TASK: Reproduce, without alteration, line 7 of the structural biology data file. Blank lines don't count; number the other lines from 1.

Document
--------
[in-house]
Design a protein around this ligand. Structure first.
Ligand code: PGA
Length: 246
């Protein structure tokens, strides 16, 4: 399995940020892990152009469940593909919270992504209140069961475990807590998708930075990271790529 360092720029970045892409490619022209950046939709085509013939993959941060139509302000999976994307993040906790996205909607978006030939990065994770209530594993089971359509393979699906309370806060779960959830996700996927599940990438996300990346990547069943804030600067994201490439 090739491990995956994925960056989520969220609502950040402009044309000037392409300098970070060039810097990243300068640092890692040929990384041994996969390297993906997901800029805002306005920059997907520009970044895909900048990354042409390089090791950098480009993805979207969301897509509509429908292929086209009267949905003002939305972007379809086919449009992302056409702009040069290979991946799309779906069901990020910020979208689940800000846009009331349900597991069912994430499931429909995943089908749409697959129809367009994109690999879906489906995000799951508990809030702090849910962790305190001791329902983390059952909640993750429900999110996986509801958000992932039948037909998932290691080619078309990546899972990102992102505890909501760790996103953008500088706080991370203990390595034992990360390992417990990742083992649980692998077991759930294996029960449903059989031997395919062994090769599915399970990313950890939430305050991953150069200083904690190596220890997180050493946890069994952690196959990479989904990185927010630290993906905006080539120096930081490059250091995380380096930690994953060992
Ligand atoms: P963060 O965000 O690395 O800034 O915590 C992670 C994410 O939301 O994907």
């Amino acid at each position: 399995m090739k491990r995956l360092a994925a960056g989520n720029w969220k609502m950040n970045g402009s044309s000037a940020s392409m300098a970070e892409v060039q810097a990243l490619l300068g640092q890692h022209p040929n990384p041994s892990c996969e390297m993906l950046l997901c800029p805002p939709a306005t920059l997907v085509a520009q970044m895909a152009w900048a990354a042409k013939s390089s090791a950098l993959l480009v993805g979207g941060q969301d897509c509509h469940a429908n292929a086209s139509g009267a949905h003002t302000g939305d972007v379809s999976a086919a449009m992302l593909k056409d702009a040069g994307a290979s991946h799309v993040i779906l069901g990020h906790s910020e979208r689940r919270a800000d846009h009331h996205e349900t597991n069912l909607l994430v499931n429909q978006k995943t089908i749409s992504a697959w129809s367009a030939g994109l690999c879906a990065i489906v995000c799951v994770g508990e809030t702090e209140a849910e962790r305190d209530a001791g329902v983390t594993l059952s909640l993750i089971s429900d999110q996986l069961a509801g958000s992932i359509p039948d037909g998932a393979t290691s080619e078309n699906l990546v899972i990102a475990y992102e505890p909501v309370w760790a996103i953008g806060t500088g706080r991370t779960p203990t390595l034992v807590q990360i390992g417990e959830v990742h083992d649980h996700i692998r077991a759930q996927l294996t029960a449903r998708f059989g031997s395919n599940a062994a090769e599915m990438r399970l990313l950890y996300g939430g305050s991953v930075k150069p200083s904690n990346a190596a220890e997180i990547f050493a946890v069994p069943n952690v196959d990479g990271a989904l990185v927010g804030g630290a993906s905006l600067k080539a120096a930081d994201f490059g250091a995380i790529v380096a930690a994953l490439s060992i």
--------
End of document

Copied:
């Amino acid at each position: 399995m090739k491990r995956l360092a994925a960056g989520n720029w969220k609502m950040n970045g402009s044309s000037a940020s392409m300098a970070e892409v060039q810097a990243l490619l300068g640092q890692h022209p040929n990384p041994s892990c996969e390297m993906l950046l997901c800029p805002p939709a306005t920059l997907v085509a520009q970044m895909a152009w900048a990354a042409k013939s390089s090791a950098l993959l480009v993805g979207g941060q969301d897509c509509h469940a429908n292929a086209s139509g009267a949905h003002t302000g939305d972007v379809s999976a086919a449009m992302l593909k056409d702009a040069g994307a290979s991946h799309v993040i779906l069901g990020h906790s910020e979208r689940r919270a800000d846009h009331h996205e349900t597991n069912l909607l994430v499931n429909q978006k995943t089908i749409s992504a697959w129809s367009a030939g994109l690999c879906a990065i489906v995000c799951v994770g508990e809030t702090e209140a849910e962790r305190d209530a001791g329902v983390t594993l059952s909640l993750i089971s429900d999110q996986l069961a509801g958000s992932i359509p039948d037909g998932a393979t290691s080619e078309n699906l990546v899972i990102a475990y992102e505890p909501v309370w760790a996103i953008g806060t500088g706080r991370t779960p203990t390595l034992v807590q990360i390992g417990e959830v990742h083992d649980h996700i692998r077991a759930q996927l294996t029960a449903r998708f059989g031997s395919n599940a062994a090769e599915m990438r399970l990313l950890y996300g939430g305050s991953v930075k150069p200083s904690n990346a190596a220890e997180i990547f050493a946890v069994p069943n952690v196959d990479g990271a989904l990185v927010g804030g630290a993906s905006l600067k080539a120096a930081d994201f490059g250091a995380i790529v380096a930690a994953l490439s060992i």